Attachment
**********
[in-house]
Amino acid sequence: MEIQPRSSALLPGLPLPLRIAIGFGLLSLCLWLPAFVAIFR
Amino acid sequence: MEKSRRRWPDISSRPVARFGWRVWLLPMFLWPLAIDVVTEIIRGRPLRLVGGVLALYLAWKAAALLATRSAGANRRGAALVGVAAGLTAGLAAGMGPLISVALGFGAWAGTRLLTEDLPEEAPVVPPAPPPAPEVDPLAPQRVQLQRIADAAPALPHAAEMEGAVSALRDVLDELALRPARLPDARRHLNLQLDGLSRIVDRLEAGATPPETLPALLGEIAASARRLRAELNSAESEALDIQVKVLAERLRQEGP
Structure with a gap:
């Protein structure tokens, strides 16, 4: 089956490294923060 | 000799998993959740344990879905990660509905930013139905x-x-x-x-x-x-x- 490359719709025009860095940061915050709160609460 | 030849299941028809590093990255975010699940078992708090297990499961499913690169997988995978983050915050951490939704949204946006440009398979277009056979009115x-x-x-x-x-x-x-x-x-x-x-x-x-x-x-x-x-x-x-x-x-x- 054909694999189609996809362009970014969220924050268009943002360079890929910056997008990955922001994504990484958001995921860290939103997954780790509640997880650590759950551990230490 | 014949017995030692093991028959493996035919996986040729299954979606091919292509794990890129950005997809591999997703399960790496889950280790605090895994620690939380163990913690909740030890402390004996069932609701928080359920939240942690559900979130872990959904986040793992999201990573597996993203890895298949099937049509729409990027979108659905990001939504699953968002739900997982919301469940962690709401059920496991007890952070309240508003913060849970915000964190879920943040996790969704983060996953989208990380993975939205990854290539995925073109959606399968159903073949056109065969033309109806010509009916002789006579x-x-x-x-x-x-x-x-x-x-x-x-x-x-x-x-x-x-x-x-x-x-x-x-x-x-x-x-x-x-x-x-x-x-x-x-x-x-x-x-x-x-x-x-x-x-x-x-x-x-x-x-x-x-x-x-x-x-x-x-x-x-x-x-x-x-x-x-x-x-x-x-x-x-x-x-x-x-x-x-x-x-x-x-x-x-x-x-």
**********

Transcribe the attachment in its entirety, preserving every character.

[in-house]
Amino acid sequence: MEIQPRSSALLPGLPLPLRIAIGFGLLSLCLWLPAFVAIFR
Amino acid sequence: MEKSRRRWPDISSRPVARFGWRVWLLPMFLWPLAIDVVTEIIRGRPLRLVGGVLALYLAWKAAALLATRSAGANRRGAALVGVAAGLTAGLAAGMGPLISVALGFGAWAGTRLLTEDLPEEAPVVPPAPPPAPEVDPLAPQRVQLQRIADAAPALPHAAEMEGAVSALRDVLDELALRPARLPDARRHLNLQLDGLSRIVDRLEAGATPPETLPALLGEIAASARRLRAELNSAESEALDIQVKVLAERLRQEGP
Structure with a gap:
């Protein structure tokens, strides 16, 4: 089956490294923060 | 000799998993959740344990879905990660509905930013139905x-x-x-x-x-x-x- 490359719709025009860095940061915050709160609460 | 030849299941028809590093990255975010699940078992708090297990499961499913690169997988995978983050915050951490939704949204946006440009398979277009056979009115x-x-x-x-x-x-x-x-x-x-x-x-x-x-x-x-x-x-x-x-x-x- 054909694999189609996809362009970014969220924050268009943002360079890929910056997008990955922001994504990484958001995921860290939103997954780790509640997880650590759950551990230490 | 014949017995030692093991028959493996035919996986040729299954979606091919292509794990890129950005997809591999997703399960790496889950280790605090895994620690939380163990913690909740030890402390004996069932609701928080359920939240942690559900979130872990959904986040793992999201990573597996993203890895298949099937049509729409990027979108659905990001939504699953968002739900997982919301469940962690709401059920496991007890952070309240508003913060849970915000964190879920943040996790969704983060996953989208990380993975939205990854290539995925073109959606399968159903073949056109065969033309109806010509009916002789006579x-x-x-x-x-x-x-x-x-x-x-x-x-x-x-x-x-x-x-x-x-x-x-x-x-x-x-x-x-x-x-x-x-x-x-x-x-x-x-x-x-x-x-x-x-x-x-x-x-x-x-x-x-x-x-x-x-x-x-x-x-x-x-x-x-x-x-x-x-x-x-x-x-x-x-x-x-x-x-x-x-x-x-x-x-x-x-x-």